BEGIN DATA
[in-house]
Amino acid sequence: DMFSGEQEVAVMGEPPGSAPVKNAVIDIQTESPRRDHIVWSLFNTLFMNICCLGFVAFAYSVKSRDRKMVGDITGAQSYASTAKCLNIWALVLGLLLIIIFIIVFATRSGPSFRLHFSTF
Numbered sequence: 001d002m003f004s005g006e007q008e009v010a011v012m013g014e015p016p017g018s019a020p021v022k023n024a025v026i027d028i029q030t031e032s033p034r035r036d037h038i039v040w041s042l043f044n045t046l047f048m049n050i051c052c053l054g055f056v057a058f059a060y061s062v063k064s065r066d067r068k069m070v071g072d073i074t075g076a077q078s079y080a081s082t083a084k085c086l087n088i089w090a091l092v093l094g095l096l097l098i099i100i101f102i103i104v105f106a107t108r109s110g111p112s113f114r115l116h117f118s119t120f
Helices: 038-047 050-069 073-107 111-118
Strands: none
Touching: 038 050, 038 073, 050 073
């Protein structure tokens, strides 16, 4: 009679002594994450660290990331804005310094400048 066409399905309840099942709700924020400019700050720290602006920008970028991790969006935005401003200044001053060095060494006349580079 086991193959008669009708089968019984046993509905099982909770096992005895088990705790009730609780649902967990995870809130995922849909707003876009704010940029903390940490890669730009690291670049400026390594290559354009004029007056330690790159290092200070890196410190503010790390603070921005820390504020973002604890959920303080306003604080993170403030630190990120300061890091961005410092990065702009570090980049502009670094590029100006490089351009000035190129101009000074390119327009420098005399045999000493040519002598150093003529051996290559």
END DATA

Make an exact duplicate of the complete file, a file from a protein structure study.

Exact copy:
[in-house]
Amino acid sequence: DMFSGEQEVAVMGEPPGSAPVKNAVIDIQTESPRRDHIVWSLFNTLFMNICCLGFVAFAYSVKSRDRKMVGDITGAQSYASTAKCLNIWALVLGLLLIIIFIIVFATRSGPSFRLHFSTF
Numbered sequence: 001d002m003f004s005g006e007q008e009v010a011v012m013g014e015p016p017g018s019a020p021v022k023n024a025v026i027d028i029q030t031e032s033p034r035r036d037h038i039v040w041s042l043f044n045t046l047f048m049n050i051c052c053l054g055f056v057a058f059a060y061s062v063k064s065r066d067r068k069m070v071g072d073i074t075g076a077q078s079y080a081s082t083a084k085c086l087n088i089w090a091l092v093l094g095l096l097l098i099i100i101f102i103i104v105f106a107t108r109s110g111p112s113f114r115l116h117f118s119t120f
Helices: 038-047 050-069 073-107 111-118
Strands: none
Touching: 038 050, 038 073, 050 073
């Protein structure tokens, strides 16, 4: 009679002594994450660290990331804005310094400048 066409399905309840099942709700924020400019700050720290602006920008970028991790969006935005401003200044001053060095060494006349580079 086991193959008669009708089968019984046993509905099982909770096992005895088990705790009730609780649902967990995870809130995922849909707003876009704010940029903390940490890669730009690291670049400026390594290559354009004029007056330690790159290092200070890196410190503010790390603070921005820390504020973002604890959920303080306003604080993170403030630190990120300061890091961005410092990065702009570090980049502009670094590029100006490089351009000035190129101009000074390119327009420098005399045999000493040519002598150093003529051996290559």